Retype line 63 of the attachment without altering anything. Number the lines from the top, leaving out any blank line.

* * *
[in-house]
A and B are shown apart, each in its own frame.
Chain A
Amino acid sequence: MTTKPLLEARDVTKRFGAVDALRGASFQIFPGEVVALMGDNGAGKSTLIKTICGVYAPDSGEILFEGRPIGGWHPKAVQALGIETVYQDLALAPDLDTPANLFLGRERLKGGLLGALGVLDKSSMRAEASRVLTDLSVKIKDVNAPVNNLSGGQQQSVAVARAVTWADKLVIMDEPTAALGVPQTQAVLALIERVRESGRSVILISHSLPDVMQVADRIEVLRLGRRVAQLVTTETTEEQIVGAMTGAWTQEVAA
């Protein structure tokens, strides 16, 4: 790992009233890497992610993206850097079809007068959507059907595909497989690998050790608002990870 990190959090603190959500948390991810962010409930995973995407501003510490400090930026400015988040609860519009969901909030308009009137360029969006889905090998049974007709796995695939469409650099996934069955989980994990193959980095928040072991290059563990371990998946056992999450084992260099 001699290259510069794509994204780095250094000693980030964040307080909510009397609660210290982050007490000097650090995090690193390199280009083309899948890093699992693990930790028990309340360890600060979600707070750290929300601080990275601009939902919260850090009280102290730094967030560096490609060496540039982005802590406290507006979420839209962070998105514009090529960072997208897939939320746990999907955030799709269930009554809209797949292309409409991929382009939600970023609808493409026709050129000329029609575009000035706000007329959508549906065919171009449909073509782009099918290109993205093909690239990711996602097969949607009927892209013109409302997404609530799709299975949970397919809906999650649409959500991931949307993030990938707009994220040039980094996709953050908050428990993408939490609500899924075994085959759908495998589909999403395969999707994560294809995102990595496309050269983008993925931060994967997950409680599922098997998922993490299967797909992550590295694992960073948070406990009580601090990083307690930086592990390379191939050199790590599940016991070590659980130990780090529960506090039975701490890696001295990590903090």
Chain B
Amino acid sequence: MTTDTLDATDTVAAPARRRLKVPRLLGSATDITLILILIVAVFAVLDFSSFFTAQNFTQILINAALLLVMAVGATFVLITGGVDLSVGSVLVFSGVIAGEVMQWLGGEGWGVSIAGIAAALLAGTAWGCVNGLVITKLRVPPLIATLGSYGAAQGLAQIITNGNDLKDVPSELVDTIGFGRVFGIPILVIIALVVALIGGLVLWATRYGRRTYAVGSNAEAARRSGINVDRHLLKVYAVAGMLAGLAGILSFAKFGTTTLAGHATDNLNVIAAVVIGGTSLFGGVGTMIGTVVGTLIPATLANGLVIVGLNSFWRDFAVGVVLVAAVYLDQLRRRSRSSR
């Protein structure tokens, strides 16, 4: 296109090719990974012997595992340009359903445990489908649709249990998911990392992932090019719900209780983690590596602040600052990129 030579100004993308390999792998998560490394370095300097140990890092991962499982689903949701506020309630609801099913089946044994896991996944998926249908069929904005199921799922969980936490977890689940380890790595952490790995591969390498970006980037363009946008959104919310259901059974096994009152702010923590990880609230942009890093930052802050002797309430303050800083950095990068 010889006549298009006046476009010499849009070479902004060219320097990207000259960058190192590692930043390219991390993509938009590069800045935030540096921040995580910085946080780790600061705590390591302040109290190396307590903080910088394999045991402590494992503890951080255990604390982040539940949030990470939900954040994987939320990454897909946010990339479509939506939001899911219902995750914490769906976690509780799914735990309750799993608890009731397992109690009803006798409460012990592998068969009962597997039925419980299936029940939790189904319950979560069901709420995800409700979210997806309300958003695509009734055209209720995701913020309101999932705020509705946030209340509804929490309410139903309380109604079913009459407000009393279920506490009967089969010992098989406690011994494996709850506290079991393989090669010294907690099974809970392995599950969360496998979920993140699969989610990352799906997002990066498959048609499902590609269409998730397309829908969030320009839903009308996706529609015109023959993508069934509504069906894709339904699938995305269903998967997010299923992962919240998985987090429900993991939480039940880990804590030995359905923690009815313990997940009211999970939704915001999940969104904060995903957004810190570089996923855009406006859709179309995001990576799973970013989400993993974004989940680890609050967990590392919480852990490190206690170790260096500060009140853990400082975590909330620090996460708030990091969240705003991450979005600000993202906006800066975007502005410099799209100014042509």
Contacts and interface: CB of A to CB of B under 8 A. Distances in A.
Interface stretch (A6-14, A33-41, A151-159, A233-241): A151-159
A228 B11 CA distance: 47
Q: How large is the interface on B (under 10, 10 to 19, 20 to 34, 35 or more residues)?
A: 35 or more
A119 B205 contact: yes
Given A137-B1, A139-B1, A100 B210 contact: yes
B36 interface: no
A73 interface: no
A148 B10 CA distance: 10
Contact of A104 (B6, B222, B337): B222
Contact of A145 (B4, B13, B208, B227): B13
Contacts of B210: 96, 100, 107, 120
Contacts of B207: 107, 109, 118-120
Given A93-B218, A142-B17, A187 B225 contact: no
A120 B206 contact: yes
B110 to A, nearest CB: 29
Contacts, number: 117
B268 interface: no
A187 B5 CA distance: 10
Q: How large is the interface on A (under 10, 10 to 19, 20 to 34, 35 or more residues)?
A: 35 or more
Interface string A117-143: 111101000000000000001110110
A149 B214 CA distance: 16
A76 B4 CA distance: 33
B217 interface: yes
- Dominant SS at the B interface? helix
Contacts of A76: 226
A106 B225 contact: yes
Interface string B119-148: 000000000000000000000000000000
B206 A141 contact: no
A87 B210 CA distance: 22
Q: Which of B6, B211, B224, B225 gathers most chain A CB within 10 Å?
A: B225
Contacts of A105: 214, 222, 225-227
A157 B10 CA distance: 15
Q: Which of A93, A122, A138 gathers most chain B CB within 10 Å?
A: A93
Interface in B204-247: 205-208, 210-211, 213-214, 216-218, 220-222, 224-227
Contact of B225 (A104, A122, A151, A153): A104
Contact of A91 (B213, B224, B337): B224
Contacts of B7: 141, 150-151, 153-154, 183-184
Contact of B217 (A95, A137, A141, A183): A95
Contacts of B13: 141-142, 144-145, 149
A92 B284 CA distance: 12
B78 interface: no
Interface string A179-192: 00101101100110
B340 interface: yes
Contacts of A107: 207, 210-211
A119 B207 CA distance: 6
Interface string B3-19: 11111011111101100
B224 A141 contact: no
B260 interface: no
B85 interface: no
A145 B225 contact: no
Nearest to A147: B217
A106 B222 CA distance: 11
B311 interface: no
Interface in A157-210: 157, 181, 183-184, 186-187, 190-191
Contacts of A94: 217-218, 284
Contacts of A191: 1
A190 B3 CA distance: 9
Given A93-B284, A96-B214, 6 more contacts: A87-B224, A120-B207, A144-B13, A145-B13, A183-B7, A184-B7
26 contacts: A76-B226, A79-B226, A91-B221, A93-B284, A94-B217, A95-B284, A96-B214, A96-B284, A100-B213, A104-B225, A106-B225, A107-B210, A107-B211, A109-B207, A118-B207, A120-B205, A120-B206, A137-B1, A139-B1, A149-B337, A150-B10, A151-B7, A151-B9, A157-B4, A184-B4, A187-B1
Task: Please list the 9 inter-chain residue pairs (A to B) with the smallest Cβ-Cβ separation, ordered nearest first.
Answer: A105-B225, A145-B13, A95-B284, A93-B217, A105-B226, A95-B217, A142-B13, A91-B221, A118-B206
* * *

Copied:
A145 B225 contact: no